Consumer spending has been slowed by the UK’s rising cost of living and last month’s record spike in household energy bills. In April, total retail sales in the UK decreased by 0.3% as economic conditions worsened for consumers.
The British Retail Consortium (BRC) reports that total retail sales in the UK decreased by 0.3% in April as consumers tightened their purse strings. Big-ticket items, such as electronics, furniture, and homewares, were hit particularly hard as consumers were pushed to make tough choices in their spending.
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The reduction in total sales in the month of April reflected the overall slump in expenditure, compared to a three-month average growth rate of 3.2% and a 12-month rate of 6.4%, according to the Guardian.
Statistics from Barclaycard revealed increases in travel spending and overseas vacation bookings where April was the best month for international travel spending since before the pandemic, as UK travellers took advantage of the relaxed Covid restrictions to book overseas vacations.
Consumer spending increased 18.1% in April, according to the credit provider, which processes roughly half of all card transactions, as airlines and travel agencies had their greatest month since the pandemic began two years ago.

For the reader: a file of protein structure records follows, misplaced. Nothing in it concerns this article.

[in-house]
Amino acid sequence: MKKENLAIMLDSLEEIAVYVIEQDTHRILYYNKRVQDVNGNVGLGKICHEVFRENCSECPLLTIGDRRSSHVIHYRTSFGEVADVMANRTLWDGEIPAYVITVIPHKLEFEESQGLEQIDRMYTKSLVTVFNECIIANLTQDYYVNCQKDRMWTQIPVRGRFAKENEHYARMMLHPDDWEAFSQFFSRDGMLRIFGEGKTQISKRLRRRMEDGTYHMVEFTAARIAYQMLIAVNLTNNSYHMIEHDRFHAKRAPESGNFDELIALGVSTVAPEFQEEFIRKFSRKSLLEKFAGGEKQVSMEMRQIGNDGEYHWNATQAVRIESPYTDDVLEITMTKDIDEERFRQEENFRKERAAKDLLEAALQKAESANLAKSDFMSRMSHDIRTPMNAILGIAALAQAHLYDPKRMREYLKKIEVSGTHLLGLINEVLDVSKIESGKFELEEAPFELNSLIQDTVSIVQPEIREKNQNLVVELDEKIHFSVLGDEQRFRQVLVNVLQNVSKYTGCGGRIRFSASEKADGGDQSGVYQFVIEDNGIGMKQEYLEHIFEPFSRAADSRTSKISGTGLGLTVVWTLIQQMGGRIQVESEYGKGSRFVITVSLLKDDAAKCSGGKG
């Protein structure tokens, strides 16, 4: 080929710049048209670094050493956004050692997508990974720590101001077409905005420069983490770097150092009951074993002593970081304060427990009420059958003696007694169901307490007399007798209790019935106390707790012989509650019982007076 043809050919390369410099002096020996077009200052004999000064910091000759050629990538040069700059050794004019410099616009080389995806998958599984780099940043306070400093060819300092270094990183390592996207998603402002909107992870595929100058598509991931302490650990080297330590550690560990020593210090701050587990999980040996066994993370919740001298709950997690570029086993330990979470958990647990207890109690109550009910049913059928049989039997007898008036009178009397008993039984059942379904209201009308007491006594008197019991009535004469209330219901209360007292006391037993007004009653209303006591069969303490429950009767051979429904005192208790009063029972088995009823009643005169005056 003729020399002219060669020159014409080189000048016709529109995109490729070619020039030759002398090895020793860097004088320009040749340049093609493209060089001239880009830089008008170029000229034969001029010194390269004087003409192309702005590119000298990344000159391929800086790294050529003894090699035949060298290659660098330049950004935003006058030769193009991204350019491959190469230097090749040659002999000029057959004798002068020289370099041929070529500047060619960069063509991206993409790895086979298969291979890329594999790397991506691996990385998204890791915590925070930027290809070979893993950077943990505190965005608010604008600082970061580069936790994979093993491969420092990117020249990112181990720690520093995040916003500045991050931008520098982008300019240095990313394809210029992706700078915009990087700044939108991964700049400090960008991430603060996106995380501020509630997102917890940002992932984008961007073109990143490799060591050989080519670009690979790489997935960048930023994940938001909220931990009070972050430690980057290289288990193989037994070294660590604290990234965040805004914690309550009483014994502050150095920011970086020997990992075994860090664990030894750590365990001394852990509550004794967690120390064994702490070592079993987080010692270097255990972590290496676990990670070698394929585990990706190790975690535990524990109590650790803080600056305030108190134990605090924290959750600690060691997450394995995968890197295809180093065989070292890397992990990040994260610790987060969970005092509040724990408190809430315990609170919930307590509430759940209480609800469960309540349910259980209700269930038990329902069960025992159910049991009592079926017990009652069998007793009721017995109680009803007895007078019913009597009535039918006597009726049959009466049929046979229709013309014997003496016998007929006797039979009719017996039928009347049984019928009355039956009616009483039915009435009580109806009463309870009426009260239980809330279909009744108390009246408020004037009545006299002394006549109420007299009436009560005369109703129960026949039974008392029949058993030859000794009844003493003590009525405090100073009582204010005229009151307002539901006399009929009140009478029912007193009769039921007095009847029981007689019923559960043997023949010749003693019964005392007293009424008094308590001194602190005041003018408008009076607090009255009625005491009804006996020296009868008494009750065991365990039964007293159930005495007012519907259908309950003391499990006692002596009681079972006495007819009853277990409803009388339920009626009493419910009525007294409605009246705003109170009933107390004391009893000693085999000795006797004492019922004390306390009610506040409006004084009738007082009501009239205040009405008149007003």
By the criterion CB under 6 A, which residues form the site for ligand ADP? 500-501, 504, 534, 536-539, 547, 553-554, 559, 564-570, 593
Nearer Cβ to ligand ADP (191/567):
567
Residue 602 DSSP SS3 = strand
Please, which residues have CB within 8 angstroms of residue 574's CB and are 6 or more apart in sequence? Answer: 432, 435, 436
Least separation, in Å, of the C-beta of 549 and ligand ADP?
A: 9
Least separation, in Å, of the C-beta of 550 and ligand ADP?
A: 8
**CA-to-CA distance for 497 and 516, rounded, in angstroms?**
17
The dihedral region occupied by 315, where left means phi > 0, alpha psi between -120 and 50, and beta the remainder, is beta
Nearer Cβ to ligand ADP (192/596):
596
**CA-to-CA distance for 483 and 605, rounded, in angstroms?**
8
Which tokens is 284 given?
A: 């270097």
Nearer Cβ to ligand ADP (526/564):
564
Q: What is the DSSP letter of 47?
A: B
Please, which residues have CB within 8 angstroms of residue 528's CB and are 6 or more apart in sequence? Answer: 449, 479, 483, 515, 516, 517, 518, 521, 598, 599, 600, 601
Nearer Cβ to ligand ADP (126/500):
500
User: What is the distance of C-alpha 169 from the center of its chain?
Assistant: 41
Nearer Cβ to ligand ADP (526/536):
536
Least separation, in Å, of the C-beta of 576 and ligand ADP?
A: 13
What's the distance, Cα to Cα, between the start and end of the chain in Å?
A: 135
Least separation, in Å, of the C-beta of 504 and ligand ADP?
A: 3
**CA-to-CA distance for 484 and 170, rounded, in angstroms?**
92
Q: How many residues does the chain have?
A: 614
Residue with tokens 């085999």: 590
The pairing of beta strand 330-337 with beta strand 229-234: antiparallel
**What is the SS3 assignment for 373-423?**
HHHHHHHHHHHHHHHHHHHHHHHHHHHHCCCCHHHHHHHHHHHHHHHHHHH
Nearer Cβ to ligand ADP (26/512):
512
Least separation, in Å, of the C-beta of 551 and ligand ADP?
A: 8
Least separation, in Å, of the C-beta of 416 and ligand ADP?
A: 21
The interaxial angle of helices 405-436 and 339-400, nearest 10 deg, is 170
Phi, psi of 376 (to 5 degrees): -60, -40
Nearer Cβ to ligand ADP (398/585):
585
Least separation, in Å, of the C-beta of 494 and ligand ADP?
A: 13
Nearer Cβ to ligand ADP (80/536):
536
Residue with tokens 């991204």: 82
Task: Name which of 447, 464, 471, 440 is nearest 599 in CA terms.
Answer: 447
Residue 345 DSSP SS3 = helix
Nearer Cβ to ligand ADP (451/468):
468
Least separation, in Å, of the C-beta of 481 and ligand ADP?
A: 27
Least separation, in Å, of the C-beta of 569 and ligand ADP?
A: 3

Spending on hotels, resorts, and accommodations increased 16.6% in April compared to 2021, the largest increase since September last year, reflecting the rush for booking holidays during the long weekend and for summer.
However, due to a tiny fall in gas usage, expenditure on basics climbed by a fraction less than in March, indicating that UK consumers are looking for ways to save money on fuel and groceries according to Barclaycard.
In April, average utility spending per customer increased 28.8%, while Barclaycard reported that 9 out of 10 customers were concerned about the impact of growing home costs on their finances.
Food sales declined 1.3% in the three months to April, according to the BRC, compared to a 12-month average growth rate of 0.7%.
BRC also added that the April heatwave boosted sales of fashion and garden goods, as well as clothing for special occasions like weddings.
However, even though clothing and footwear sales increased, consumers cut back on non-essential purchases, with technology and home goods bearing the brunt of the reduction.
The Bank of England has warned of mounting danger of a recession, with inflation on course to peak above 10% later this year.
Russ Mould, Investment Director, AJ Bell said, “The latest BRC-KPMG Retail Sales Monitor shows what everyone has been thinking – that the rising cost of living would force people to cut back on their spending. Big ticket items like furniture and electrical goods have been the first place to suffer as it’s pretty easy to decide not to spend £1,000 on a new sofa when money is tight.”
“A decent bout of weather in April helped to keep some sales ticking over, such as garden goods and new clothes to wear out in the sun. But even these treats could fall foul of the cost-of-living squeeze in time.”
“The outlook for retailers is bleak and they either have to cut prices to keep volumes ticking over, which will hurt profit margins; or they hunker down and accept that life will be hard near-term and so it’s all about keeping a lid on costs.”